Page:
Here is everything I started with this year, except for swapping out a s/s t shirt for a l/s one and what I will start with next year to finish the AT. It is absolutely everything that on my body or in my pack. Keeping a list is about the only way I have found to include everything for an actual weight and to not forget anything. Also it helps to see where you can improve, read lighten, your weight. https://lighterpack.com/r/czb3eu

    Plan ahead and there will be no great shock when you weigh it at the start.
    "He was a wise man who invented beer." Plato

  12. #32
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    Weight is deceptive and misleading if it is not accompanied by a season that the gear will be used. Winter and summer gear are like chalk and cheese

  13. #33

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    Quote Originally Posted by TTT View Post
    Weight is deceptive and misleading if it is not accompanied by a season that the gear will be used. Winter and summer gear are like chalk and cheese
    Which is heavier, a pound of lead or a lb. of feathers?

  14. #34
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    The skin weight used in winter and that used in summer should be vastly different. Supplying the weight with the season puts it into context otherwise it becomes misleading.

  15. #35
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    Quote Originally Posted by jjozgrunt View Post
    Oh so true

    I actually laugh at some of the quoted figures here. Some people I saw this year, on the trail, that had put up their weights here or on their trail journals had grossly underestimated. I see gear lists that don't have all the little things that add up. 1 guy I saw at the top of Springer, after taking 2 days on the approach trail estimated his weight at 41lbs before the walk, when he checked at the start it was 84lbs. He had crap hanging off a huge pack everywhere. After Neel Gap, most people were in the 28 - 40 range after they drop off all those things that they packed for their fears. Things like the 2nd/3rd sets of clothes just in case, 1st aid kits bigger than I've seen combat medics carry, 6 days of food for a 2-3 day leg etc etc.

    Here is everything I started with this year, except for swapping out a s/s t shirt for a l/s one and what I will start with next year to finish the AT. It is absolutely everything that on my body or in my pack. Keeping a list is about the only way I have found to include everything for an actual weight and to not forget anything. Also it helps to see where you can improve, read lighten, your weight. https://lighterpack.com/r/czb3eu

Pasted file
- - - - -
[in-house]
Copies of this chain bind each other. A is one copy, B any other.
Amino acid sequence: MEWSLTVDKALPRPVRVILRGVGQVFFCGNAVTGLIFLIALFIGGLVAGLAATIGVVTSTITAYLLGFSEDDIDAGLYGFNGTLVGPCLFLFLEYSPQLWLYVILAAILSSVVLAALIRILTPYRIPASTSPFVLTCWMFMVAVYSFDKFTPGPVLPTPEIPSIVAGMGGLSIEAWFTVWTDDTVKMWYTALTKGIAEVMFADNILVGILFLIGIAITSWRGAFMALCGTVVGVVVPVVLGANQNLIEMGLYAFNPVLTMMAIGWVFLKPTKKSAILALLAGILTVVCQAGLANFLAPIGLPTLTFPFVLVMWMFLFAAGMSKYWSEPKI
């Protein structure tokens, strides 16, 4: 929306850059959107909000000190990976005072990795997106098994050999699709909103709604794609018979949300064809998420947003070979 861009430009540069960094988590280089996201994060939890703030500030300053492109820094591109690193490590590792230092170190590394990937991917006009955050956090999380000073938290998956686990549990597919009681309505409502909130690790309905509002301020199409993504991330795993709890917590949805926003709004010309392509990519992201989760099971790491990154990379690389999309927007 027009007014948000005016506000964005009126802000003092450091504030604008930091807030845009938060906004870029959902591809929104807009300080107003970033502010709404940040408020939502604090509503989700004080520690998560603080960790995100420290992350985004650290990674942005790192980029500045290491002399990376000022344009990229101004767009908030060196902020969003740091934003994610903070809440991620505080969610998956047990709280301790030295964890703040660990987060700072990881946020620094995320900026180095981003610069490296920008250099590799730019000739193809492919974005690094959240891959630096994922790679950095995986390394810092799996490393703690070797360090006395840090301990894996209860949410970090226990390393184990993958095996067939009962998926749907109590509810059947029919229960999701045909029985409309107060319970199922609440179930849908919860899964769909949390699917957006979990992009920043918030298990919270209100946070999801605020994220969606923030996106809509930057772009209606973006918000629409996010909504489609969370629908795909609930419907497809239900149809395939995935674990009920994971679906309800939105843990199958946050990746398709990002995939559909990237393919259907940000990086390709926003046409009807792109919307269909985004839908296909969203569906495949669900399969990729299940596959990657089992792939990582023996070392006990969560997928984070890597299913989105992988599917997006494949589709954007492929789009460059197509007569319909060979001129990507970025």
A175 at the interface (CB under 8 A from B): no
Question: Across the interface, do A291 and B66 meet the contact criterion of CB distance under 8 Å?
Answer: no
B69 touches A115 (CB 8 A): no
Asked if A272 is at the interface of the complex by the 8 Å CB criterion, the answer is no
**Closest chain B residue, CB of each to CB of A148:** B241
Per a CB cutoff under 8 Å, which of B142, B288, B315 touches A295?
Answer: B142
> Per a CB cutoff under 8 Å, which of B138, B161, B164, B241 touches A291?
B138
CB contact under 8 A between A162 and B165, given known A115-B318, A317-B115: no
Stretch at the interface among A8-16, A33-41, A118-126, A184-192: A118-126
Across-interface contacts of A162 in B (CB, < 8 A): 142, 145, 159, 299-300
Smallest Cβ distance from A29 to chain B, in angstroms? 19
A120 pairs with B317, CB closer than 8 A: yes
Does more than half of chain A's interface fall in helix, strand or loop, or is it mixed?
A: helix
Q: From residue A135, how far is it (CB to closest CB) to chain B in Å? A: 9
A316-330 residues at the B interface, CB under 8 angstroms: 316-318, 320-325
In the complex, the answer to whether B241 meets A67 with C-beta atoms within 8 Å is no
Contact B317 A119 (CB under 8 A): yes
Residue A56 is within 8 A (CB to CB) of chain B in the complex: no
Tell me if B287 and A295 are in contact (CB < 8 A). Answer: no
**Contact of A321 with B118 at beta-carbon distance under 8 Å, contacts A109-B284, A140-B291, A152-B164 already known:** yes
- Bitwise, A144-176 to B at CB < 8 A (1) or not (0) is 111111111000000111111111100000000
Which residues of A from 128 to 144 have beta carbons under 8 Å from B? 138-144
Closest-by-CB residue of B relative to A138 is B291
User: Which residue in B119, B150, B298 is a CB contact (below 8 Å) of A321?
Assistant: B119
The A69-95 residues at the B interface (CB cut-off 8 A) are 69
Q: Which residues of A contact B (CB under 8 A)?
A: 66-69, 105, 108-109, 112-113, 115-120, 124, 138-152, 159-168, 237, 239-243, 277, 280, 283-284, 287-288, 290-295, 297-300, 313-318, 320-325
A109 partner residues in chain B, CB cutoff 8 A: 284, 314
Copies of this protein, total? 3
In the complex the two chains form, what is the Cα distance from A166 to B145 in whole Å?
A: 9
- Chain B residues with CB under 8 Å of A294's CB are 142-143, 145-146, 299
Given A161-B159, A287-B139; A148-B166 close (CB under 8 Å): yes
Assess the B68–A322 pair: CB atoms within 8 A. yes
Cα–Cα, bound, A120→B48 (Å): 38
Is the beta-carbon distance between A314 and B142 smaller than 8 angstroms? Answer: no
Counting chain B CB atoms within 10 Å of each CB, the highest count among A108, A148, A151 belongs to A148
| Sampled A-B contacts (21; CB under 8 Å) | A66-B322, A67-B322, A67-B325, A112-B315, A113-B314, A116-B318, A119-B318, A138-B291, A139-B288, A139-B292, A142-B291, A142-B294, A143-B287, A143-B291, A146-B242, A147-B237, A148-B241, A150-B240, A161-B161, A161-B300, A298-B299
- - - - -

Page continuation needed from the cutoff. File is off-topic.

Plan ahead and there will be no great shock when you weigh it at the start.
    I'm right in line with you (a bit lighter at the moment, but still have to add a few small items, I wager I end up within a couple hundred grams)

    I budget 5 days of food and 2L water for planning purposes, but that varies situationally.

    Wardrobe planning can easily have a 3-4lb impact.

  16. #36

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    I don't do winter hiking, except down south, so my year-round pack weight is pretty consistent. I get cold easily and know what I need to carry to be safe and comfortable. Excess clothes (ie change of clothes) don't happen in my pack...I carry the bare necessities to be safe and comfortable, which usually includes an extra fleece and a good puffy.

  17. #37
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    Counting 8 pounds food, 2 pounds bear can, and 2 L water, Pack weighs 27 pounds, against my 140.
    I'm still refining the little stuff, but the limiter is keeping the pack empty enough to fit the bear can between the bars of the Arc blast so it doesn't poke my back or wear thru the fabric

  18. #38
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    Quote Originally Posted by Mareekie View Post
    Counting 8 pounds food, 2 pounds bear can, and 2 L water, Pack weighs 27 pounds, against my 140.
    I'm still refining the little stuff, but the limiter is keeping the pack empty enough to fit the bear can between the bars of the Arc blast so it doesn't poke my back or wear thru the fabric
    How long do you plan on being out with 8 pounds of food? What food is in the 8 pounds?
    Iím curious for my own planning purposes. Thanks!
    Wayne


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  19. #39
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    Not sure I agree with the ''if you can lift it'' rule.

    I did my first section hike with a 40 lbs pack. I had no problem lifting it but I felt that weight on my back all the way through and wished it wasn't there. Not only did it slow me down, it also made me a lot more tired than I should have been at the end of the day.

    I knew from the get go that some of my gear was too heavy and I am in the process of replacing it as I can afford to do so. I also had wayyyyyyy too much food and promised myself I wouldn't bring anymore than what I absolutely need on my next section. If all goes according to plan, I'll be leaving home with a 30 lbs pack.

  20. #40
    Registered User Suzzz's Avatar
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    I should have specified that that 30 lbs includes 5 days of food.